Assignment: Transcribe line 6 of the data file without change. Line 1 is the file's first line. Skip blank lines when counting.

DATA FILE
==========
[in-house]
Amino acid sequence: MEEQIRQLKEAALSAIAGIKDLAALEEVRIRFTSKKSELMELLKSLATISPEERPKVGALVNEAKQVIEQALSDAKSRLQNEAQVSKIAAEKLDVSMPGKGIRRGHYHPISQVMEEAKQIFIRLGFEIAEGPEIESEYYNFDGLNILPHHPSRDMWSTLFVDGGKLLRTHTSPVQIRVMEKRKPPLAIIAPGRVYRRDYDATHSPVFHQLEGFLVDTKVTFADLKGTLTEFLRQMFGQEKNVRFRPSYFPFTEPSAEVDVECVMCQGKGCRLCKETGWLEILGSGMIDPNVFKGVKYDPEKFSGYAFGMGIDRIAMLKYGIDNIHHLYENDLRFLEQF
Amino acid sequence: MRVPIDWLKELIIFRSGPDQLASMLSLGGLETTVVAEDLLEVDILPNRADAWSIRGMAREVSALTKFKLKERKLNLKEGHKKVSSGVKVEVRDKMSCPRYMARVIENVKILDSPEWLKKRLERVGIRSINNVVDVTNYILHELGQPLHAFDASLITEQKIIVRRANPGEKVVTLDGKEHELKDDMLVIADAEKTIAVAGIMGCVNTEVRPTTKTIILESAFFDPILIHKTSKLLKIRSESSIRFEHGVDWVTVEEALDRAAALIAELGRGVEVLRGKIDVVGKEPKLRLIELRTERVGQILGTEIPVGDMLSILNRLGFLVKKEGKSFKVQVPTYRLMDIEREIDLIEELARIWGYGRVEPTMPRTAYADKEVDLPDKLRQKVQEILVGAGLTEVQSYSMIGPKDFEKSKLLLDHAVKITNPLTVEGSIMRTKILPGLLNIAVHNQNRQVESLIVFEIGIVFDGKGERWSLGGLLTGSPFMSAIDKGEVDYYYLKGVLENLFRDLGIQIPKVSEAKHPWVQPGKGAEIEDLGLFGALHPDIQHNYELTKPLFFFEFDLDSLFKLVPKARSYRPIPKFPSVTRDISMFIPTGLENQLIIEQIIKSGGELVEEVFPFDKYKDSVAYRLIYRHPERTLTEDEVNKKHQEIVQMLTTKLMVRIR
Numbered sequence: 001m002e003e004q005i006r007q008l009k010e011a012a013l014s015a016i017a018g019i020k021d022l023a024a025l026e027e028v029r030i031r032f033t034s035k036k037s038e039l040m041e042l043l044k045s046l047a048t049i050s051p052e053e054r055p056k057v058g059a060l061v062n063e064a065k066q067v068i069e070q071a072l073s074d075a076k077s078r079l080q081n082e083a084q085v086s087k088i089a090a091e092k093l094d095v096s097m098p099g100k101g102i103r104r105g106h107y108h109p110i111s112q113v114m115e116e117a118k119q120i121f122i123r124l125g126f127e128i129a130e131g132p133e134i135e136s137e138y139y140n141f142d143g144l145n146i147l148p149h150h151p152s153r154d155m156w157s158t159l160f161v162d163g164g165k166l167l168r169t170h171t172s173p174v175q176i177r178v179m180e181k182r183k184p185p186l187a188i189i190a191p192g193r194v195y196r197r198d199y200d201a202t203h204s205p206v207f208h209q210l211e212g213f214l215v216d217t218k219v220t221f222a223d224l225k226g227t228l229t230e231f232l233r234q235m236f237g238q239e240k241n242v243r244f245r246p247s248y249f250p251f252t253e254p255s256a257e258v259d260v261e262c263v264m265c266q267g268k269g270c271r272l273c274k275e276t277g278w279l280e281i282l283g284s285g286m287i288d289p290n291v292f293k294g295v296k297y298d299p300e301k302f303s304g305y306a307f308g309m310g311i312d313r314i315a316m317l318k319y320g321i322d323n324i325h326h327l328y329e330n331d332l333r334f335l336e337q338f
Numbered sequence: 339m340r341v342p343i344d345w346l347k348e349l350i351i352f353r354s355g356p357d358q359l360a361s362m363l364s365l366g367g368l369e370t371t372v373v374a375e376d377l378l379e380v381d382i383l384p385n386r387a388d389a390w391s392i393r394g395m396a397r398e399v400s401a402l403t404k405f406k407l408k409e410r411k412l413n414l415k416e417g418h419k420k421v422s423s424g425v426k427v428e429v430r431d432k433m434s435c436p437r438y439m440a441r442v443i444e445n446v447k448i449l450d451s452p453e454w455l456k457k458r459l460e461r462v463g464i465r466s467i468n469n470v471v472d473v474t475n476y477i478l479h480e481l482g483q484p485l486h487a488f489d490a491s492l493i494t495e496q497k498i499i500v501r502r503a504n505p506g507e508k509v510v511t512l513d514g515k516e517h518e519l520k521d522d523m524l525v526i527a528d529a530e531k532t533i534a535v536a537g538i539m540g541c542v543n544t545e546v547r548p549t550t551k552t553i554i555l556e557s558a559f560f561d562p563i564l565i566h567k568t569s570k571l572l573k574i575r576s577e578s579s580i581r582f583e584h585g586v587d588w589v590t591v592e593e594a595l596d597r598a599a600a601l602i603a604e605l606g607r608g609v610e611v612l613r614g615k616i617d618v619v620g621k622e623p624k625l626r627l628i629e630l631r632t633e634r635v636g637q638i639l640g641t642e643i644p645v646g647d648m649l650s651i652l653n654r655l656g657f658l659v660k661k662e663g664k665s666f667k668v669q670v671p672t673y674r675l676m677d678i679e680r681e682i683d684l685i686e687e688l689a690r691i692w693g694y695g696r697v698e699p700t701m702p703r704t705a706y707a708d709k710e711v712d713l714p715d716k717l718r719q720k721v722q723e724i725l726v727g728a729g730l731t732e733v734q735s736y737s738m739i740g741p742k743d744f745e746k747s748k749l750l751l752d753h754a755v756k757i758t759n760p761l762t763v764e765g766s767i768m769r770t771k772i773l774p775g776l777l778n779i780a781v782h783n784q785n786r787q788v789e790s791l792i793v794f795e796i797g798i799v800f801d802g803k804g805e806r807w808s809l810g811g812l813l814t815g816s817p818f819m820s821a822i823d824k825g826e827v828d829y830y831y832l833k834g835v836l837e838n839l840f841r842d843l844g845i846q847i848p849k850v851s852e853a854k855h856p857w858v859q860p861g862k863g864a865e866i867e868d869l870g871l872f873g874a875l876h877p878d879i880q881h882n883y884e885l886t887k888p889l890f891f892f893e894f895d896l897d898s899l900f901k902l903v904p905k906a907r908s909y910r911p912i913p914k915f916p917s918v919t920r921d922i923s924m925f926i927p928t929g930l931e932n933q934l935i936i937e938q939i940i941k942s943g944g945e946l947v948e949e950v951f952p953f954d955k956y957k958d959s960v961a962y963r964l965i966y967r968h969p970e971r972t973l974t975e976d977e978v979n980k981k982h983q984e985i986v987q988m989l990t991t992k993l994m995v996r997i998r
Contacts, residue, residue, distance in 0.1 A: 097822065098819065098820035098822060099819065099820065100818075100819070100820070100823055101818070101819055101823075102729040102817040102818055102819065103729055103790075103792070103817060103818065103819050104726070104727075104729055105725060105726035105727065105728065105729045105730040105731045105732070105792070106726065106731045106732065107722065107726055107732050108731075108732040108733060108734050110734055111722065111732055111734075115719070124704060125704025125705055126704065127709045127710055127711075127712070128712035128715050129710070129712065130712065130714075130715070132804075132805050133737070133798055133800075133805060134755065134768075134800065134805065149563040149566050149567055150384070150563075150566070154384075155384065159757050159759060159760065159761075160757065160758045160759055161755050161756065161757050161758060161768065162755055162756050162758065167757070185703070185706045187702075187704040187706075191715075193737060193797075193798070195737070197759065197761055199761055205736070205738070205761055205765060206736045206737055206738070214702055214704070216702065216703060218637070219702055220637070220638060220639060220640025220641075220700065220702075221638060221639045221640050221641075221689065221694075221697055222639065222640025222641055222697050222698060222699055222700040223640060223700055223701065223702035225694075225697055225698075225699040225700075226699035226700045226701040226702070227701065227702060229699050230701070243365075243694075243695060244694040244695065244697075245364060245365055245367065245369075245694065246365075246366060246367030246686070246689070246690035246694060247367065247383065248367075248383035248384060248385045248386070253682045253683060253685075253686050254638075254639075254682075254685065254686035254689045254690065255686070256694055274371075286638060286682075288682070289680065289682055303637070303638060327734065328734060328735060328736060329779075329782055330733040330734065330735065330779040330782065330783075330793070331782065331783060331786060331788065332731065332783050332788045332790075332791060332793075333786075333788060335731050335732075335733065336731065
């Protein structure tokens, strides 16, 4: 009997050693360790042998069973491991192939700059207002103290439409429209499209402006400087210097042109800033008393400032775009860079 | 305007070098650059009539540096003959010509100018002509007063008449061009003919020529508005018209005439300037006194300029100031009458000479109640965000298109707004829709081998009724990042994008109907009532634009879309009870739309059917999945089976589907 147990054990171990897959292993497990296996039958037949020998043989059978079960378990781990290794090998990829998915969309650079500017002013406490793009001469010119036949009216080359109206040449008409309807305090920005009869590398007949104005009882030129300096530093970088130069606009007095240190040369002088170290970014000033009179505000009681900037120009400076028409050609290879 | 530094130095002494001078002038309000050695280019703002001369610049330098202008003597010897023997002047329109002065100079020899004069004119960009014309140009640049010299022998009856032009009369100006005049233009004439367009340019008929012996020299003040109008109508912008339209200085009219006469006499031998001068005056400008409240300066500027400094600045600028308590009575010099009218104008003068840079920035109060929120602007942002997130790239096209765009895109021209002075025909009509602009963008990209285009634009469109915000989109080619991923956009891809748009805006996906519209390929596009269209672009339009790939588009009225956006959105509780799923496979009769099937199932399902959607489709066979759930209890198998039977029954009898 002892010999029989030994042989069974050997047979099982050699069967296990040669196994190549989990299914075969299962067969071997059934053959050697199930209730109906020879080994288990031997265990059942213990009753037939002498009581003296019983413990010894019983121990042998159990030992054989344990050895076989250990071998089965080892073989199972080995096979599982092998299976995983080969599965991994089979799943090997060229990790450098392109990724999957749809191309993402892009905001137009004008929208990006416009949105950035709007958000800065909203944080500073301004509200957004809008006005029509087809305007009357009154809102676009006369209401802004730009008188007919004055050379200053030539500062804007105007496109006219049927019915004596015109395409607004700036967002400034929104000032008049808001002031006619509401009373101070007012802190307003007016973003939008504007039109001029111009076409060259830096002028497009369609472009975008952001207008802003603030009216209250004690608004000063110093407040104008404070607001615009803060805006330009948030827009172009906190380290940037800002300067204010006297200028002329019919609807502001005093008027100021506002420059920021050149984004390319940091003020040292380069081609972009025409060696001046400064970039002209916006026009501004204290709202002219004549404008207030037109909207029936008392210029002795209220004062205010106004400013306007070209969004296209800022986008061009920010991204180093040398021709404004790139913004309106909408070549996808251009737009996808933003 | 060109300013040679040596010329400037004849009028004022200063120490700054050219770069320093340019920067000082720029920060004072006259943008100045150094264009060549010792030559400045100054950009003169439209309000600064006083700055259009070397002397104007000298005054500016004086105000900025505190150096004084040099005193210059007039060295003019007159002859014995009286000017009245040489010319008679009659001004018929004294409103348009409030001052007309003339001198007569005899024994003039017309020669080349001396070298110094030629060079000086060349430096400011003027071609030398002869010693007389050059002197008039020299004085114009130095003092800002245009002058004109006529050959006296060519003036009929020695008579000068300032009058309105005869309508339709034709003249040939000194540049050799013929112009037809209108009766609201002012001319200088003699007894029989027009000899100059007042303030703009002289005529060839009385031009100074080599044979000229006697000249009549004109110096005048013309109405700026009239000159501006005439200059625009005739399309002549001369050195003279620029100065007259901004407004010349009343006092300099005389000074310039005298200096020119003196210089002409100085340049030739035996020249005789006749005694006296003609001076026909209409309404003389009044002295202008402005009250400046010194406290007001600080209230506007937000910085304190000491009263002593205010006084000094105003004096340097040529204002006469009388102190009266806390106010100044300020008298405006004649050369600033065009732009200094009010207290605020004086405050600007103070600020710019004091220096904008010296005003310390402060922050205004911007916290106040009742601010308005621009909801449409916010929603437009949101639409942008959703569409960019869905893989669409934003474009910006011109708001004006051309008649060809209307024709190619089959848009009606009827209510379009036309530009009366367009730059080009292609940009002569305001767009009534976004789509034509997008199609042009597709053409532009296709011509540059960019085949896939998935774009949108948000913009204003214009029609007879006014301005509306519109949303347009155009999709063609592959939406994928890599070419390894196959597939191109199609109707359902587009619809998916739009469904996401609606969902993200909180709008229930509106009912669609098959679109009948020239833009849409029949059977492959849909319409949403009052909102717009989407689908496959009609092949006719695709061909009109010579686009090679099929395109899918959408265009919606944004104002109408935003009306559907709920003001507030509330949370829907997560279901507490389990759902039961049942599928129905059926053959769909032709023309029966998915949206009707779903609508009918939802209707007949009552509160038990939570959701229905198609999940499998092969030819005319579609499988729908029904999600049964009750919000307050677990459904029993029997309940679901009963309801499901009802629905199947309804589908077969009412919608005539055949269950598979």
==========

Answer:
Contacts, residue, residue, distance in 0.1 A: 097822065098819065098820035098822060099819065099820065100818075100819070100820070100823055101818070101819055101823075102729040102817040102818055102819065103729055103790075103792070103817060103818065103819050104726070104727075104729055105725060105726035105727065105728065105729045105730040105731045105732070105792070106726065106731045106732065107722065107726055107732050108731075108732040108733060108734050110734055111722065111732055111734075115719070124704060125704025125705055126704065127709045127710055127711075127712070128712035128715050129710070129712065130712065130714075130715070132804075132805050133737070133798055133800075133805060134755065134768075134800065134805065149563040149566050149567055150384070150563075150566070154384075155384065159757050159759060159760065159761075160757065160758045160759055161755050161756065161757050161758060161768065162755055162756050162758065167757070185703070185706045187702075187704040187706075191715075193737060193797075193798070195737070197759065197761055199761055205736070205738070205761055205765060206736045206737055206738070214702055214704070216702065216703060218637070219702055220637070220638060220639060220640025220641075220700065220702075221638060221639045221640050221641075221689065221694075221697055222639065222640025222641055222697050222698060222699055222700040223640060223700055223701065223702035225694075225697055225698075225699040225700075226699035226700045226701040226702070227701065227702060229699050230701070243365075243694075243695060244694040244695065244697075245364060245365055245367065245369075245694065246365075246366060246367030246686070246689070246690035246694060247367065247383065248367075248383035248384060248385045248386070253682045253683060253685075253686050254638075254639075254682075254685065254686035254689045254690065255686070256694055274371075286638060286682075288682070289680065289682055303637070303638060327734065328734060328735060328736060329779075329782055330733040330734065330735065330779040330782065330783075330793070331782065331783060331786060331788065332731065332783050332788045332790075332791060332793075333786075333788060335731050335732075335733065336731065